[swift-evolution] use standard syntax instead of "do" and "repeat"

Chris Lattner clattner at apple.com
Sun Jan 3 21:43:15 CST 2016

> On Jan 3, 2016, at 6:36 PM, Matthew Johnson via swift-evolution <swift-evolution at swift.org> wrote:
>>> I agree that requiring this is not likely to result in improved error handling and thus is not a strong argument in favor of it.
>>> IMO the purpose of requiring “try” to be stated explicitly is that it arguably makes code more readable.  It is immediately clear which functions can throw and which cannot.  You don’t need to look up the signature of every function called to determine this. My experience thus far has been that I have really appreciated the requirement that throwing expressions be explicitly marked. 
>> As a default it’s great.  Not having a way to opt out of individual marking for a whole block or function—because you know you’re not breaking any invariants, so which functions can throw is irrelevant, and not having a way for the compiler deduce these regions (e.g. known pure functions)—is the problem.  The recognizer code posted in an earlier message is a perfect example.  If there *was* some code where it was really important to notice failure points, you’d miss it.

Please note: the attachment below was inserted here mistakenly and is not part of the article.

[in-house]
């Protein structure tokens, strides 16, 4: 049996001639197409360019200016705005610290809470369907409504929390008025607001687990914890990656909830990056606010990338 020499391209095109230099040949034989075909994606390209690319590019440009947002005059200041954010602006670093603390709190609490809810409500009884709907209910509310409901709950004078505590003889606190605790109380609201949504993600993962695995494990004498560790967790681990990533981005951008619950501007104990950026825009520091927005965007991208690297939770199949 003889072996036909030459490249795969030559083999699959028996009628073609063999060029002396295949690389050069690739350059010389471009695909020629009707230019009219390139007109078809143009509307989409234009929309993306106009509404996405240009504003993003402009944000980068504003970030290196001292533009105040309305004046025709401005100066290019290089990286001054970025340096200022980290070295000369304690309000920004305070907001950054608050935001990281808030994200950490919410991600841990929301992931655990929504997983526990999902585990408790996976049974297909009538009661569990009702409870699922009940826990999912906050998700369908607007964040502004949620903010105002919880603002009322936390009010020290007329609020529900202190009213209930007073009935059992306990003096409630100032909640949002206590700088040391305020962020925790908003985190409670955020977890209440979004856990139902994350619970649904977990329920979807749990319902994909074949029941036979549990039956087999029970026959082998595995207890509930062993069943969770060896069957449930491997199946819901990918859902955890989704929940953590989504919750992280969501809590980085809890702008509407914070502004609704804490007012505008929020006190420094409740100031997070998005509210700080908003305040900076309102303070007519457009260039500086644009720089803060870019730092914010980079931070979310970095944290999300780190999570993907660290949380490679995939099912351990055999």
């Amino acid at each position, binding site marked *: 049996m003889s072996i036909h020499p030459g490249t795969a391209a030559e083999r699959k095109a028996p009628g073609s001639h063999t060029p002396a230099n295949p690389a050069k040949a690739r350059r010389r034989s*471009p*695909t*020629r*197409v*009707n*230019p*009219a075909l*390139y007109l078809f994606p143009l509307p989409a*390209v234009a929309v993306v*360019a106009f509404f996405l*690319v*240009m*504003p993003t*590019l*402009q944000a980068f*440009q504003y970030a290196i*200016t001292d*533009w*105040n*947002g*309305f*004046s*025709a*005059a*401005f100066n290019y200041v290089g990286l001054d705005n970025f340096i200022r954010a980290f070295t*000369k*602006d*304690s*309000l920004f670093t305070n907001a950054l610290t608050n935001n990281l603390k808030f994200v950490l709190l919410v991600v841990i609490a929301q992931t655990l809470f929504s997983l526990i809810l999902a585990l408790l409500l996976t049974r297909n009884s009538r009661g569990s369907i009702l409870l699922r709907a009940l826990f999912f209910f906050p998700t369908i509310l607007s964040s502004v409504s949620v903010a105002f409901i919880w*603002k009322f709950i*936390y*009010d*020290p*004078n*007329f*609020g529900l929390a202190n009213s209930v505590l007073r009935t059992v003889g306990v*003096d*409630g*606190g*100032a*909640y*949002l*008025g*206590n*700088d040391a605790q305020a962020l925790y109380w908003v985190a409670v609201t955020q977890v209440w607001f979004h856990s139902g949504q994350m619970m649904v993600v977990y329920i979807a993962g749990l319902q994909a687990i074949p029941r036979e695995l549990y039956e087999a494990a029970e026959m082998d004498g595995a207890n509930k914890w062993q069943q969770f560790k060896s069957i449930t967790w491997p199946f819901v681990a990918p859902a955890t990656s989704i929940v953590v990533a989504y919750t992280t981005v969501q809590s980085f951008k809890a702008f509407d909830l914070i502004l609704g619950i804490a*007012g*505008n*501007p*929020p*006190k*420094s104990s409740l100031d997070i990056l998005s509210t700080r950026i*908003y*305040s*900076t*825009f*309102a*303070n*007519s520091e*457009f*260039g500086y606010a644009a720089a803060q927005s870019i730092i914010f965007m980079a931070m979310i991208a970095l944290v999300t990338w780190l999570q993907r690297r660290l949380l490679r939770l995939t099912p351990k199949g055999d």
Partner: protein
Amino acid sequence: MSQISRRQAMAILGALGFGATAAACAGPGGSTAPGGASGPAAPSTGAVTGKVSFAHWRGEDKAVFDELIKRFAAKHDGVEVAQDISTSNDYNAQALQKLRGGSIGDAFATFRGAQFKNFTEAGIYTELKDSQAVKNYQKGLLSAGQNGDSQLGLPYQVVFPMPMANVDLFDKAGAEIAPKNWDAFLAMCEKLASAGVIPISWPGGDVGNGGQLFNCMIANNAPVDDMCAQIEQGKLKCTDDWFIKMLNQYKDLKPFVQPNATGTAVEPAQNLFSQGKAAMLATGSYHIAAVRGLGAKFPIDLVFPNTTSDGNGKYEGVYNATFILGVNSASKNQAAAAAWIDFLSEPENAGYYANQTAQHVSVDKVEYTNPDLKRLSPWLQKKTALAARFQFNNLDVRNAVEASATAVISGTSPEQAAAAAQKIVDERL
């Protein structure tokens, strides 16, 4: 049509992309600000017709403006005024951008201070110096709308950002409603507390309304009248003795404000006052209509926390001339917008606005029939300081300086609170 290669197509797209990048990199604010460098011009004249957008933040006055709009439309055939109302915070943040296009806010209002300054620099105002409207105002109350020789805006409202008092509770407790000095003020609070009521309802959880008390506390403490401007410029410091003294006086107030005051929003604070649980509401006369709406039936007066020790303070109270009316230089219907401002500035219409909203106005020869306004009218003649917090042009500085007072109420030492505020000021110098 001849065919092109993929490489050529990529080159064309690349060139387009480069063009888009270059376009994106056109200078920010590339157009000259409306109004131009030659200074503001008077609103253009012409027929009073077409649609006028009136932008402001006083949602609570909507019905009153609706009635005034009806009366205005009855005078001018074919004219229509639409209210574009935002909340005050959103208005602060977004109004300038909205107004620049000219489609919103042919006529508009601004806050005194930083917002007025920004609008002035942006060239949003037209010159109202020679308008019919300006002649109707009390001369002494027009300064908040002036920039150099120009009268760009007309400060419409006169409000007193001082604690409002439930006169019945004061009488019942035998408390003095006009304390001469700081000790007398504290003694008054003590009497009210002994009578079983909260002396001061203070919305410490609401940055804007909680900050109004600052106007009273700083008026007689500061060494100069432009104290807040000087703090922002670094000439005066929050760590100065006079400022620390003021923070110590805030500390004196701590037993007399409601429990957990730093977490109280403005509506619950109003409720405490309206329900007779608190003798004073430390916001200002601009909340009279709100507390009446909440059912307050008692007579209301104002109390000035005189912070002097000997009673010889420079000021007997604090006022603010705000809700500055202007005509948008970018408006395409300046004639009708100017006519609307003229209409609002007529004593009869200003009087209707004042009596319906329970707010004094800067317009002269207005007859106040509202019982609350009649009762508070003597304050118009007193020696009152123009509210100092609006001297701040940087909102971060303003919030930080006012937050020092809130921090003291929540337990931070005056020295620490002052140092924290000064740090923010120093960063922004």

> I feel like I must be missing something here.  If we are able to mark the whole block with try I don’t see how we would notice any really important failure points.  They would not be marked anywhere in the source:
>   func recognizeHandler() throws {
>     try {
>         accept(.on)        // .on is an enum tag for the token for the ‘on’ keyword.
>         recognizeName()
>         recognizeFormalParamSeq()
>         accept(.newline)
>         recognizeCommandSeq()
>         accept(.end)
>         recognizeName()    // Later Visitor pass checks that names match. 
>         accept(.newline)
>     }
>   }

Indeed.  Also, FWIW, I’d argue that maybe the root problem here is that this code should not be using Swift’s error handling constructs in the first place.  An enum (or other approach) may be more appropriate.  Swift’s error handling design is intentionally driven by the idea that you shouldn’t use it if “everything throws” - in this situation, the sugar benefits of error handling are intentionally outweighed by the weight of the try keywords everywhere.  This is meant to force the balance over to using more manual techniques.

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